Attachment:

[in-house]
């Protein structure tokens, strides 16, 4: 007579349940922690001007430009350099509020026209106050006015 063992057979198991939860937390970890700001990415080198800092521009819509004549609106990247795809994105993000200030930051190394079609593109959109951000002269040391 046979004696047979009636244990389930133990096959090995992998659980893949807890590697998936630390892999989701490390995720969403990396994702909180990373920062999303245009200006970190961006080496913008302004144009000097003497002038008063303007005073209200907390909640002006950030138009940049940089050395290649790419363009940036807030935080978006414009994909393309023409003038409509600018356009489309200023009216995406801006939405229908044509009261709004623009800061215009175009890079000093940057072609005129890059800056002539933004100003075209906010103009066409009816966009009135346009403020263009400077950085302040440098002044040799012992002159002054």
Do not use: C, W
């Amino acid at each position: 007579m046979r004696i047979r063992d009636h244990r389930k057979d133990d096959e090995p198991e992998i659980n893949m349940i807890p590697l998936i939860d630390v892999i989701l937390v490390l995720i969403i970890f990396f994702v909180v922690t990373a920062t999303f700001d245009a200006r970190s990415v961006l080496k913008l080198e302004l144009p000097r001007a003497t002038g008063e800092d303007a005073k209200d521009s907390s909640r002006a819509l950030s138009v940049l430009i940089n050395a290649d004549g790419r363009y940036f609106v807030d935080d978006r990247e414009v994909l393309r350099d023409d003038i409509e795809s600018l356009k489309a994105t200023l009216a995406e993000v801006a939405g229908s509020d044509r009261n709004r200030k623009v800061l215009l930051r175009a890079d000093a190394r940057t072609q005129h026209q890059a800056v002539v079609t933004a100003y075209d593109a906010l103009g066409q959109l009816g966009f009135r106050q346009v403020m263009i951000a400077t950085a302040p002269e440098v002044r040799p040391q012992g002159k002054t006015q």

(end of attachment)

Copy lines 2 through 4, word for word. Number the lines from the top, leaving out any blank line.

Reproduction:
């Protein structure tokens, strides 16, 4: 007579349940922690001007430009350099509020026209106050006015 063992057979198991939860937390970890700001990415080198800092521009819509004549609106990247795809994105993000200030930051190394079609593109959109951000002269040391 046979004696047979009636244990389930133990096959090995992998659980893949807890590697998936630390892999989701490390995720969403990396994702909180990373920062999303245009200006970190961006080496913008302004144009000097003497002038008063303007005073209200907390909640002006950030138009940049940089050395290649790419363009940036807030935080978006414009994909393309023409003038409509600018356009489309200023009216995406801006939405229908044509009261709004623009800061215009175009890079000093940057072609005129890059800056002539933004100003075209906010103009066409009816966009009135346009403020263009400077950085302040440098002044040799012992002159002054």
Do not use: C, W
């Amino acid at each position: 007579m046979r004696i047979r063992d009636h244990r389930k057979d133990d096959e090995p198991e992998i659980n893949m349940i807890p590697l998936i939860d630390v892999i989701l937390v490390l995720i969403i970890f990396f994702v909180v922690t990373a920062t999303f700001d245009a200006r970190s990415v961006l080496k913008l080198e302004l144009p000097r001007a003497t002038g008063e800092d303007a005073k209200d521009s907390s909640r002006a819509l950030s138009v940049l430009i940089n050395a290649d004549g790419r363009y940036f609106v807030d935080d978006r990247e414009v994909l393309r350099d023409d003038i409509e795809s600018l356009k489309a994105t200023l009216a995406e993000v801006a939405g229908s509020d044509r009261n709004r200030k623009v800061l215009l930051r175009a890079d000093a190394r940057t072609q005129h026209q890059a800056v002539v079609t933004a100003y075209d593109a906010l103009g066409q959109l009816g966009f009135r106050q346009v403020m263009i951000a400077t950085a302040p002269e440098v002044r040799p040391q012992g002159k002054t006015q």